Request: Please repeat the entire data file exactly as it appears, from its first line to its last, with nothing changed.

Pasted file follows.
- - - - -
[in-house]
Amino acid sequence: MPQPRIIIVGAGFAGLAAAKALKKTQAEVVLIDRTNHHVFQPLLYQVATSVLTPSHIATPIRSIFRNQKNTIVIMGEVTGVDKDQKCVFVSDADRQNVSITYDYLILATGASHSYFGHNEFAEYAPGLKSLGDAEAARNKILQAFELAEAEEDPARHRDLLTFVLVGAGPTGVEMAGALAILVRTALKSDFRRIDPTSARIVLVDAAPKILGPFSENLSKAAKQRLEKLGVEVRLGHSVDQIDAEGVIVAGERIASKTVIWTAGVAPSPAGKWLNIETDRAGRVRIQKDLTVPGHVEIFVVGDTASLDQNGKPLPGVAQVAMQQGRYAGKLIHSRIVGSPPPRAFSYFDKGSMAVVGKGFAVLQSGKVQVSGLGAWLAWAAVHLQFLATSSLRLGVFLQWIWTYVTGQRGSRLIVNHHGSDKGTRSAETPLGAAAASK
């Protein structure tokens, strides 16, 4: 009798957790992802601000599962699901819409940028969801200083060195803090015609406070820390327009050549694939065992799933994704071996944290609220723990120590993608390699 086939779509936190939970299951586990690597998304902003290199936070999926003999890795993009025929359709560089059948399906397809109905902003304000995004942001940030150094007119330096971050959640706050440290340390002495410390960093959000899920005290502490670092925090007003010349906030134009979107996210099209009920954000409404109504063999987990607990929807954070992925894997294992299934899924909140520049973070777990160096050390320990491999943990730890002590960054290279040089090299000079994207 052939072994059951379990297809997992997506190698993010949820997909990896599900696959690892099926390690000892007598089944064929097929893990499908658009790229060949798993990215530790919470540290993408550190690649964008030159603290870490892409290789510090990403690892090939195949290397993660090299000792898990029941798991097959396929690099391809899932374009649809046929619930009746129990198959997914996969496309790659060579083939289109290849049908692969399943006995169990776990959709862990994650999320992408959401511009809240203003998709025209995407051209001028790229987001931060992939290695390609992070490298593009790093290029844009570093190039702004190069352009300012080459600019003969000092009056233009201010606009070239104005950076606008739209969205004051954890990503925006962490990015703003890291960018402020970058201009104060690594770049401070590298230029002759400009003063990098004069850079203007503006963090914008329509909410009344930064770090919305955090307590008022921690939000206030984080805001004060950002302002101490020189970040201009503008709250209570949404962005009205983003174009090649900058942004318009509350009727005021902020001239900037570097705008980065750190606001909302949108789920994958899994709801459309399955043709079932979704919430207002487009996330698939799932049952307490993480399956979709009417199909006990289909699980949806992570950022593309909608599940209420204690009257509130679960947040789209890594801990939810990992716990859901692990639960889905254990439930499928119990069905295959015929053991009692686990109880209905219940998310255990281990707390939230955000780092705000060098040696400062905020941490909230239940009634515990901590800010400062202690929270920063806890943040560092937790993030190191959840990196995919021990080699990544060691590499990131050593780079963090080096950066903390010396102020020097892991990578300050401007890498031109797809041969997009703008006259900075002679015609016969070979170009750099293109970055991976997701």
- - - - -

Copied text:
[in-house]
Amino acid sequence: MPQPRIIIVGAGFAGLAAAKALKKTQAEVVLIDRTNHHVFQPLLYQVATSVLTPSHIATPIRSIFRNQKNTIVIMGEVTGVDKDQKCVFVSDADRQNVSITYDYLILATGASHSYFGHNEFAEYAPGLKSLGDAEAARNKILQAFELAEAEEDPARHRDLLTFVLVGAGPTGVEMAGALAILVRTALKSDFRRIDPTSARIVLVDAAPKILGPFSENLSKAAKQRLEKLGVEVRLGHSVDQIDAEGVIVAGERIASKTVIWTAGVAPSPAGKWLNIETDRAGRVRIQKDLTVPGHVEIFVVGDTASLDQNGKPLPGVAQVAMQQGRYAGKLIHSRIVGSPPPRAFSYFDKGSMAVVGKGFAVLQSGKVQVSGLGAWLAWAAVHLQFLATSSLRLGVFLQWIWTYVTGQRGSRLIVNHHGSDKGTRSAETPLGAAAASK
């Protein structure tokens, strides 16, 4: 009798957790992802601000599962699901819409940028969801200083060195803090015609406070820390327009050549694939065992799933994704071996944290609220723990120590993608390699 086939779509936190939970299951586990690597998304902003290199936070999926003999890795993009025929359709560089059948399906397809109905902003304000995004942001940030150094007119330096971050959640706050440290340390002495410390960093959000899920005290502490670092925090007003010349906030134009979107996210099209009920954000409404109504063999987990607990929807954070992925894997294992299934899924909140520049973070777990160096050390320990491999943990730890002590960054290279040089090299000079994207 052939072994059951379990297809997992997506190698993010949820997909990896599900696959690892099926390690000892007598089944064929097929893990499908658009790229060949798993990215530790919470540290993408550190690649964008030159603290870490892409290789510090990403690892090939195949290397993660090299000792898990029941798991097959396929690099391809899932374009649809046929619930009746129990198959997914996969496309790659060579083939289109290849049908692969399943006995169990776990959709862990994650999320992408959401511009809240203003998709025209995407051209001028790229987001931060992939290695390609992070490298593009790093290029844009570093190039702004190069352009300012080459600019003969000092009056233009201010606009070239104005950076606008739209969205004051954890990503925006962490990015703003890291960018402020970058201009104060690594770049401070590298230029002759400009003063990098004069850079203007503006963090914008329509909410009344930064770090919305955090307590008022921690939000206030984080805001004060950002302002101490020189970040201009503008709250209570949404962005009205983003174009090649900058942004318009509350009727005021902020001239900037570097705008980065750190606001909302949108789920994958899994709801459309399955043709079932979704919430207002487009996330698939799932049952307490993480399956979709009417199909006990289909699980949806992570950022593309909608599940209420204690009257509130679960947040789209890594801990939810990992716990859901692990639960889905254990439930499928119990069905295959015929053991009692686990109880209905219940998310255990281990707390939230955000780092705000060098040696400062905020941490909230239940009634515990901590800010400062202690929270920063806890943040560092937790993030190191959840990196995919021990080699990544060691590499990131050593780079963090080096950066903390010396102020020097892991990578300050401007890498031109797809041969997009703008006259900075002679015609016969070979170009750099293109970055991976997701």